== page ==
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Lavell Jones

Other New York Exonerations with Co-Defendant Confessions
On October 4, 1996, a group of men robbed Gregson Joseph and Camon Wyatt in the basement apartment of 23-year-old Erik Mitchell in Albany, New York. Mitchell was not home at the time.

Joseph and Wyatt said men forced their way into the apartment at gunpoint, tied them up with rope and then sprayed pepper spray into bags that were placed over their heads. The intruders looted the house and stole a car from the victims. Police suspected the crime was related to the sale of drugs.

Almost immediately after the crime, the police arrested Matthew Parsons for the crime and he implicated four others: Pierre Lyons, 19-year-old Lavell Jones, Zakee Abdul-Hameed and Abdul-Hameed’s cousin, 19-year-old Carl Dukes. Only Parsons and Abdul-Hameed, however, were charged with the crime.

More than four months later, on February 18, 1997, Joseph found Mitchell dead in the entryway to the basement apartment with a single gunshot wound to the head.

Police focused on the suspects from the robbery. Parsons, however, had an alibi. On February 26, police looked for Abdul-Hameed, who was free on bond. He, however, was not at home. Lyons was arrested for the October crime that same day, but he was not questioned about the murder.

The murder was still unsolved in April when Mitchell’s father offered a $3,000 reward for information. A few days later, on April 19, 1997, Albany detectives re-interviewed Parsons who said that Abdul-Hameed and Dukes went to the apartment to intimidate Joseph and that Dukes shot Mitchell.

Police brought Dukes in for questioning on September 8, 1997. At first, he denied any involvement in the October robbery or the February murder, but after several hours, police said Dukes admitted to Detective Kenneth Wilcox that he shot Mitchell. Dukesimmediately recanted that statement, but later Dukes wrote out a statement, according to Wilcox, that said he was the lookout and that Jones was the gunman.

In the statement, Dukes said that he and Jones, accompanied by Lyons, believed Mitchell planned to seek revenge for the October robbery. They confronted Mitchell, tempers flared, and Jones drew a gun, which allegedly belonged to Lyons, and the gun “went off.”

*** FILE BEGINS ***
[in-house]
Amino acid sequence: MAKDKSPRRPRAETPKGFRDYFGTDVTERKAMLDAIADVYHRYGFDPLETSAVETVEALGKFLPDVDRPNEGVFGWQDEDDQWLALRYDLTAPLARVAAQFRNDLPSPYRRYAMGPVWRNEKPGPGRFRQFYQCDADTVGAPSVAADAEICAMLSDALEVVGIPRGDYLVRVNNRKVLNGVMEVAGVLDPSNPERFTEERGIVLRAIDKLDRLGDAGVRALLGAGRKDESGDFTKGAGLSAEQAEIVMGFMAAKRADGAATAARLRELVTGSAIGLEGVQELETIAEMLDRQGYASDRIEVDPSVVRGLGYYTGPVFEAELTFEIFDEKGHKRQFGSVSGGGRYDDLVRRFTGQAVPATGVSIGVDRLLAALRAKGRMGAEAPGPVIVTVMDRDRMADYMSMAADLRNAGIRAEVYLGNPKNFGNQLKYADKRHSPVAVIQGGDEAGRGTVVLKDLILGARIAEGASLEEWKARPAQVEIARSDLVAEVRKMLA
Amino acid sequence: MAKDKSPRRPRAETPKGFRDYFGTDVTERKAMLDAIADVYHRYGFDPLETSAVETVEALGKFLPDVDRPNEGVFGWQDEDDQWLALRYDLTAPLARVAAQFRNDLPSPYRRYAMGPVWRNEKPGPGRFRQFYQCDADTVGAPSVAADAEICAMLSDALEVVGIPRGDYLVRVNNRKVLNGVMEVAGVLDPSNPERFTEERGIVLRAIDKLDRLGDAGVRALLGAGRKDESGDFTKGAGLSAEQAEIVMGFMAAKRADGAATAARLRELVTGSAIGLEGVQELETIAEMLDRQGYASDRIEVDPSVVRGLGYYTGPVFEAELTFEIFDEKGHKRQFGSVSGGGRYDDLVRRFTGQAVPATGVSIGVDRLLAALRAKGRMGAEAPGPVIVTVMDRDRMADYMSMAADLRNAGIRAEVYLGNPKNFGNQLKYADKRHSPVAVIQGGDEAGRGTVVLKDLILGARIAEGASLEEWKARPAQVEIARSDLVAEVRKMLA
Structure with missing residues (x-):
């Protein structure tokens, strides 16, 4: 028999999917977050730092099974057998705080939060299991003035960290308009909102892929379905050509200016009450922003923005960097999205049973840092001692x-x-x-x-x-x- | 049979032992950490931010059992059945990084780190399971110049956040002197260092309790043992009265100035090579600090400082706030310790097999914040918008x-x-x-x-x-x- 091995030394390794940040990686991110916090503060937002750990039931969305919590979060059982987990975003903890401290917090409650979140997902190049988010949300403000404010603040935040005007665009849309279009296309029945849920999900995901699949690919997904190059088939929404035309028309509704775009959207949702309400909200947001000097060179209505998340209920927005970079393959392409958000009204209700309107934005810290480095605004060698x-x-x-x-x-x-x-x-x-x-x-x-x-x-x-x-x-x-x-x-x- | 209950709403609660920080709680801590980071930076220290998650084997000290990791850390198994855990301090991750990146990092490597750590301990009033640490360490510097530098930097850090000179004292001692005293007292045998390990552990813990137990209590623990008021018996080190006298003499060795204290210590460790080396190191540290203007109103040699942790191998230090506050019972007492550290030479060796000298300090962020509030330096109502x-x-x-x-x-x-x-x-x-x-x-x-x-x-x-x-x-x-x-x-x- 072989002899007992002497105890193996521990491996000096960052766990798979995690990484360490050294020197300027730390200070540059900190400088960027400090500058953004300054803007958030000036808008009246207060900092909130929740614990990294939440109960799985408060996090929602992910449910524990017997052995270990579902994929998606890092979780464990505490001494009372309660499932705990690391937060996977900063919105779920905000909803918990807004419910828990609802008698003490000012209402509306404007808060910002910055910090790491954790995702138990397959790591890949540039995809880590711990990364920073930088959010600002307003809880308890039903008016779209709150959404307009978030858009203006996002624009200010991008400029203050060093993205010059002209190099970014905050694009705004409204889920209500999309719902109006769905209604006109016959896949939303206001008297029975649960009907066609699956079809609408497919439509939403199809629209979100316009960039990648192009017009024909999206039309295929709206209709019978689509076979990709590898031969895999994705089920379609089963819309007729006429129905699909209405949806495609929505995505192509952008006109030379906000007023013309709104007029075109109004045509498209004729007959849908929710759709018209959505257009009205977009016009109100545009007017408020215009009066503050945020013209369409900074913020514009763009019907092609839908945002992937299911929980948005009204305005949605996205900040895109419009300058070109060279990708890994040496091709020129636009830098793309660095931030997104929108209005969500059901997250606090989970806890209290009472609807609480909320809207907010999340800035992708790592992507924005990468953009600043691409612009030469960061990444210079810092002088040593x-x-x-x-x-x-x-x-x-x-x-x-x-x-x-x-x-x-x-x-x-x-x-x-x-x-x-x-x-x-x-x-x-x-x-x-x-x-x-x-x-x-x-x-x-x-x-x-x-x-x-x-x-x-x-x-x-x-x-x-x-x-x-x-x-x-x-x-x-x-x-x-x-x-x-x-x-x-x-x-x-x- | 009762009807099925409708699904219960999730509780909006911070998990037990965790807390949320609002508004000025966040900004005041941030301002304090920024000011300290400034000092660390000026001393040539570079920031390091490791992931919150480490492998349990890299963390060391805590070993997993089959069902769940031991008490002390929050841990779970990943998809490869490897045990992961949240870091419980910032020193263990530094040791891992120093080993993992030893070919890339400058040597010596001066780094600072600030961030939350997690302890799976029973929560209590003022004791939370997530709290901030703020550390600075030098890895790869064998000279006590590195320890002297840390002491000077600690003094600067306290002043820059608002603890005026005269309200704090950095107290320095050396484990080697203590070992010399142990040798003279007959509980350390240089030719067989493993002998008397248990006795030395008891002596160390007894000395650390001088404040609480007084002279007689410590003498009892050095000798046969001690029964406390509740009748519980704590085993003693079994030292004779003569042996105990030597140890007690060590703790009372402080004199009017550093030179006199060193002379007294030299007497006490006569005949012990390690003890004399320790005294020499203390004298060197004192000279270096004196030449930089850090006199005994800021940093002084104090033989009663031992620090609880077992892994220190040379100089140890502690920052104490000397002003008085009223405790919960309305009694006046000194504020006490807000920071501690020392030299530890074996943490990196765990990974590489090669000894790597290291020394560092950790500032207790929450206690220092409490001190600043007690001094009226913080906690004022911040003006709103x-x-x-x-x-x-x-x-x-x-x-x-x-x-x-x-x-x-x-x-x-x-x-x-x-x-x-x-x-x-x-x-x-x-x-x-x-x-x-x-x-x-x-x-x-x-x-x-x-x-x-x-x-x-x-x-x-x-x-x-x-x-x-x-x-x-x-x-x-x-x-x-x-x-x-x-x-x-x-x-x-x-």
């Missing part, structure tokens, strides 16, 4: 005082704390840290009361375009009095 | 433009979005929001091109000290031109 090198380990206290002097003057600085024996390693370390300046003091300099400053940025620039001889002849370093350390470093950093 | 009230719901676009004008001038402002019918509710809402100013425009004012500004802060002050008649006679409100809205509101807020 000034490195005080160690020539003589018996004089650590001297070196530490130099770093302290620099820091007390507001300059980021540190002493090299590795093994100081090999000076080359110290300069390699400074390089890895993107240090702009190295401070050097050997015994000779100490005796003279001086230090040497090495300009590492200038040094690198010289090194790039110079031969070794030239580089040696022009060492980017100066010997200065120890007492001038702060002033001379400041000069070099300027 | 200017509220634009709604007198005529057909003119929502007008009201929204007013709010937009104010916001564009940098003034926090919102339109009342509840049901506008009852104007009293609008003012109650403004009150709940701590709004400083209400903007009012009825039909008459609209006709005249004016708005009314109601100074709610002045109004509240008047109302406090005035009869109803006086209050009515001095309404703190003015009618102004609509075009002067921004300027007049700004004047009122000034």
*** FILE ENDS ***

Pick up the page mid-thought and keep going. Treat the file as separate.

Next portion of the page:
By this time, Parsons had pled guilty to the October crime and agreed to testify for the prosecution in return for a reduced sentence of 7½ to 15 years in prison. Confronted with a confession from Dukes that differed from Parsons’ statement, the prosecution threatened to cancel the deal. Parsons then made a new statement in which he no longer said that Abdul-Hameed was involved.

This new statement said that Dukes, Jones and Lyons went to the apartment to bribe Mitchell to agree to drop the charges from the October crime. When Mitchell refused, Dukes shot him, the statement said.

On October 30, 1997, Albany detectives went to New York City where Jones, who lived in Brooklyn, had been taken into custody. After about 12 hours, Jones admitted he was involved in the October crime, but denied any participation in the murder. The detectives then drove him to Albany and after a total of more than 30 hours of interrogation, police said Jones confessed that Dukes shot Mitchell and that he was present.

During the interrogation, police separately questioned Jones’ girlfriend, Sakina Mitchell, who later said she falsely implicated Jones after detectives told her that if she didn’t, Jones would get the death penalty.

After giving his statement, Jones made several telephone calls to family members, which were surreptitiously recorded by police. Jones insisted he was innocent and said he finally decided he had no choice but to give in. He said the police had indicated to him that he could get as little as five or 10 years in prison for the murder.